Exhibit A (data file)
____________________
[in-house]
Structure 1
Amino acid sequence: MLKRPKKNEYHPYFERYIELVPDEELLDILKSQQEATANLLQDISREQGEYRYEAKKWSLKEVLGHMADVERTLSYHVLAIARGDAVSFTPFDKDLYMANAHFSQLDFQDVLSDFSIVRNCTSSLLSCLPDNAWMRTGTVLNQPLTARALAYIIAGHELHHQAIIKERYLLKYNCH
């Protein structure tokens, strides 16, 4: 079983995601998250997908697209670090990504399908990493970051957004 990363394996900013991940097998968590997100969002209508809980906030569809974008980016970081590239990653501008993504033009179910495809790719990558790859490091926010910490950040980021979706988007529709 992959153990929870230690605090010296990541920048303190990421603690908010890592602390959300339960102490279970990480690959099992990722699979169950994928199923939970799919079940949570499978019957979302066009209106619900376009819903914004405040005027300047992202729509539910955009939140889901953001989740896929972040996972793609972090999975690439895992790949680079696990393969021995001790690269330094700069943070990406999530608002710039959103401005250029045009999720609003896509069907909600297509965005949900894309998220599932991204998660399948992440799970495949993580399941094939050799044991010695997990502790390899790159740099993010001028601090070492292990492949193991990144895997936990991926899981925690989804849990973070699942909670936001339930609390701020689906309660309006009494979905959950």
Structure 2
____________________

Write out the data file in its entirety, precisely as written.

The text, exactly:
[in-house]
Structure 1
Amino acid sequence: MLKRPKKNEYHPYFERYIELVPDEELLDILKSQQEATANLLQDISREQGEYRYEAKKWSLKEVLGHMADVERTLSYHVLAIARGDAVSFTPFDKDLYMANAHFSQLDFQDVLSDFSIVRNCTSSLLSCLPDNAWMRTGTVLNQPLTARALAYIIAGHELHHQAIIKERYLLKYNCH
């Protein structure tokens, strides 16, 4: 079983995601998250997908697209670090990504399908990493970051957004 990363394996900013991940097998968590997100969002209508809980906030569809974008980016970081590239990653501008993504033009179910495809790719990558790859490091926010910490950040980021979706988007529709 992959153990929870230690605090010296990541920048303190990421603690908010890592602390959300339960102490279970990480690959099992990722699979169950994928199923939970799919079940949570499978019957979302066009209106619900376009819903914004405040005027300047992202729509539910955009939140889901953001989740896929972040996972793609972090999975690439895992790949680079696990393969021995001790690269330094700069943070990406999530608002710039959103401005250029045009999720609003896509069907909600297509965005949900894309998220599932991204998660399948992440799970495949993580399941094939050799044991010695997990502790390899790159740099993010001028601090070492292990492949193991990144895997936990991926899981925690989804849990973070699942909670936001339930609390701020689906309660309006009494979905959950």
Structure 2